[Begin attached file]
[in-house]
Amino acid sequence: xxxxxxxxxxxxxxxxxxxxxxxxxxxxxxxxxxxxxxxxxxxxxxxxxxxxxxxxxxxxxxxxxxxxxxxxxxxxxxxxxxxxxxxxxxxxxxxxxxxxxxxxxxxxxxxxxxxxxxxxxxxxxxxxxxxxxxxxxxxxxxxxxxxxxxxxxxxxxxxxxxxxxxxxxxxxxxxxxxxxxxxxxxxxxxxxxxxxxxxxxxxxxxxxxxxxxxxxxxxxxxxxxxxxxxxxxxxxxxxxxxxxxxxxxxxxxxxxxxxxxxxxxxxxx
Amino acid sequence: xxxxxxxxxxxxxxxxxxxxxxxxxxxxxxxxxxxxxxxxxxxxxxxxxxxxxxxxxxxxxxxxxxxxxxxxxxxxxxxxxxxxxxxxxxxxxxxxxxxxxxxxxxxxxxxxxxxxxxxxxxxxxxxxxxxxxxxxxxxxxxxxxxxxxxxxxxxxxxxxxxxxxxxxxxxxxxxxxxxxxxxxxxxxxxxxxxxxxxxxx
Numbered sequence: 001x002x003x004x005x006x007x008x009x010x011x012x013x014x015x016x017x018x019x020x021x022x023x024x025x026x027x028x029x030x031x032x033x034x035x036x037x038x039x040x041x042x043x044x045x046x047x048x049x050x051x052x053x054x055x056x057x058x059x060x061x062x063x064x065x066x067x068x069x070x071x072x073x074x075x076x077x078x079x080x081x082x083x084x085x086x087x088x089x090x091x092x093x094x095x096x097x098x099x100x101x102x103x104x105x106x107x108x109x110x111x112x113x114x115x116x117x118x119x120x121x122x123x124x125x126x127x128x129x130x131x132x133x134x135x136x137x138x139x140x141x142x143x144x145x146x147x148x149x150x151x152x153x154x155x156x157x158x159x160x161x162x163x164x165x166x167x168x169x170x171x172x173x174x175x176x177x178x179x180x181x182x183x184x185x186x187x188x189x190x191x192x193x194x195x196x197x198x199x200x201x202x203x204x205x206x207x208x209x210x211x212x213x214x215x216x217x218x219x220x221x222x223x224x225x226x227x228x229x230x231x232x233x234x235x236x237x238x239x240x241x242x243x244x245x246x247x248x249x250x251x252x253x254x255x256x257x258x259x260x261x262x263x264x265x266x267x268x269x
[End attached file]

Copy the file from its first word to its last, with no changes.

[in-house]
Amino acid sequence: xxxxxxxxxxxxxxxxxxxxxxxxxxxxxxxxxxxxxxxxxxxxxxxxxxxxxxxxxxxxxxxxxxxxxxxxxxxxxxxxxxxxxxxxxxxxxxxxxxxxxxxxxxxxxxxxxxxxxxxxxxxxxxxxxxxxxxxxxxxxxxxxxxxxxxxxxxxxxxxxxxxxxxxxxxxxxxxxxxxxxxxxxxxxxxxxxxxxxxxxxxxxxxxxxxxxxxxxxxxxxxxxxxxxxxxxxxxxxxxxxxxxxxxxxxxxxxxxxxxxxxxxxxxxx
Amino acid sequence: xxxxxxxxxxxxxxxxxxxxxxxxxxxxxxxxxxxxxxxxxxxxxxxxxxxxxxxxxxxxxxxxxxxxxxxxxxxxxxxxxxxxxxxxxxxxxxxxxxxxxxxxxxxxxxxxxxxxxxxxxxxxxxxxxxxxxxxxxxxxxxxxxxxxxxxxxxxxxxxxxxxxxxxxxxxxxxxxxxxxxxxxxxxxxxxxxxxxxxxxx
Numbered sequence: 001x002x003x004x005x006x007x008x009x010x011x012x013x014x015x016x017x018x019x020x021x022x023x024x025x026x027x028x029x030x031x032x033x034x035x036x037x038x039x040x041x042x043x044x045x046x047x048x049x050x051x052x053x054x055x056x057x058x059x060x061x062x063x064x065x066x067x068x069x070x071x072x073x074x075x076x077x078x079x080x081x082x083x084x085x086x087x088x089x090x091x092x093x094x095x096x097x098x099x100x101x102x103x104x105x106x107x108x109x110x111x112x113x114x115x116x117x118x119x120x121x122x123x124x125x126x127x128x129x130x131x132x133x134x135x136x137x138x139x140x141x142x143x144x145x146x147x148x149x150x151x152x153x154x155x156x157x158x159x160x161x162x163x164x165x166x167x168x169x170x171x172x173x174x175x176x177x178x179x180x181x182x183x184x185x186x187x188x189x190x191x192x193x194x195x196x197x198x199x200x201x202x203x204x205x206x207x208x209x210x211x212x213x214x215x216x217x218x219x220x221x222x223x224x225x226x227x228x229x230x231x232x233x234x235x236x237x238x239x240x241x242x243x244x245x246x247x248x249x250x251x252x253x254x255x256x257x258x259x260x261x262x263x264x265x266x267x268x269x